Recommended English Names for Fungi

Why is there any need for English names?

There are very few vernacular names for fungi in the English language - or indeed (and please do contact us if you know otherwise) in any of the Celtic languages of Scotland, Wales and Ireland. Fungi seem to have had a very bad press down through the ages in the UK, and this has only recently begun to change amongst the public.

The idea of trying to make the fungi more accessible to people by using English names has been around for a long time (books as far back as Bolton's works in 1788 - 1791, attempted to introduce English names) but it was in 1961 that Large suggested that the introduction of consistent and attractive English names would do much to promote fungi. Mary English and a team from the British Mycological Society then produced a list of 200 names, many of which are still in use and were adopted by Roger Phillips in his 1981 book 'Mushrooms and other fungi of Great Britain and Europe'.

The increasing demand for popular field guides arising from a growing interest in collecting and eating wild foods (e.g. Richard Mabey's Food for Free first published in 1972) and the rise of TV chefs using wild mushrooms in their gourmet preparations was causing publishers problems. Most of the fungi that they wanted to include had only their scientific names i.e.. the Latin binomial naming system of Genus followed by species, thus Boletus edulis is the scientific name for the Penny Bun or Cep. The publishers were wanting English names to go with all of their fungi and, you guessed it, every book was delivering a different set of English names.

Into this confusion has come increased interest in the conservation of fungi and many other groups of organisms. People working in the various statutory agencies and also land managers, are having to deal with species of conservation concern - not just the fungi but hundreds of species from different groups all with scientific names. Hundreds of new English names can also be overwhelming but at least they have a familiar ring and there has been increasing pressure from this interest group to provide all species with consistent English names.

Thus it was that in 1996, Maurice Rotheroe (then Conservation Officer of the British Mycological Society) proposed that Mary English's work be expanded and updated. A project was funded (by the British Mycological Society, English Nature [now Natural England], Plantlife and Scottish Natural Heritage) to publish a list of 1000 English names for fungi in 2003 (Plantlife International). 500 common species and 500 species of conservation interest were chosen.

The list is not universally approved of amongst the UK mycological community - those against often say that they cannot see the point of it as there are perfectly good scientific names and that the English names are just confusing. I would suggest that the names were not designed to be used by competent mycologists going about their business and probably not for the university learning situation either although using both names can familiarize people with the Latin whilst giving them a more familiar sounding hook.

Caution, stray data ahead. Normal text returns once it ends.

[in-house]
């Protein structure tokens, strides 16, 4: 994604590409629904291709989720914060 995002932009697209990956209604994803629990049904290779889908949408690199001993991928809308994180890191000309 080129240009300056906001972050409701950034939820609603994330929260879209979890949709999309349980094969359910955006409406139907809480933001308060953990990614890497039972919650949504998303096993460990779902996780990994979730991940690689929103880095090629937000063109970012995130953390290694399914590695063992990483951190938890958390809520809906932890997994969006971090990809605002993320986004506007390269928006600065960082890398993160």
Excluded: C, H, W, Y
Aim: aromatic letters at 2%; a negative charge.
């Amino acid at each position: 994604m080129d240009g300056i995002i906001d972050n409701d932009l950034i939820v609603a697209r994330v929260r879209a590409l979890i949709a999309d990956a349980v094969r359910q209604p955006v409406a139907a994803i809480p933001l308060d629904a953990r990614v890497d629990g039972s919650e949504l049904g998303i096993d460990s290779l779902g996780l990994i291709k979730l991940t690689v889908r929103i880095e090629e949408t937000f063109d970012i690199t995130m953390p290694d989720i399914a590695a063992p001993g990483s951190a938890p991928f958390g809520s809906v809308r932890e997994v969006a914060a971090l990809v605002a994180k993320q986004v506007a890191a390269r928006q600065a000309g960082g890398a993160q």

The English names have been taken up by publishing companies and field guide authors; they are welcomed by the conservation agencies and the land managing community and are very popular with most people who take public forays - new comers to the world of fungi just seem more comfortable and less overwhelmed by lots of new English names than they do with lots of new scientific names. We know that everybody can manage the Classic languages in small doses - most people cope fine with 'Chrysanthemum' and 'Tyrannosaurus' - but there is the key - those are words in frequent use.

This is about raising the profile of fungi amongst individuals who are unlikely to ever develop a deep interest in fungi, but who collectively can influence whether fungal conservation is taken seriously. Hopefully one or two might even move on to take their mycology a little more seriously.

Will more species get English names?

The continued revision and expansion of the list is an ongoing project now done in a voluntary capacity by a group of interested individuals within the British Mycological Society and in consultation with the wider field mycology community.

Because there was no attempt to exactly replicate taxonomy, the English names are linked to the fungus not its scientific name and can stay the same when the scientific name is updated. Scientific names are constantly changing at the moment with the increase in molecular investigation changing our thoughts on fungal relationships. Thus the scientific names have to be constantly updated. Revision of fungal UKBAP species and reassessments of fungal red lists also mean that new English names need to be found for species of conservation interest previously un-named. There is also a steady trickle of suggestions that are very welcome, although they need to follow the guidelines that were devised for the original project and can be accessed on the BMS Website under Resources.

How to get involved

If you are interested in devising more English names or commenting on proposed names then have a look at the 'Guidelines' and the 'spreadsheet of proposed names' given on the British Mycological Society's Website, link above, or contact Liz Holden on liz* (NB replace * with @)

Below is the revised list 'Recommended English Names for Fungi in the UK' with the scientific names updated following the publication of 'Checklist of the British & Irish Basidiomycota' by N W Legon and A Henrici with P J Roberts, B M Spooner and R Watling in 2005.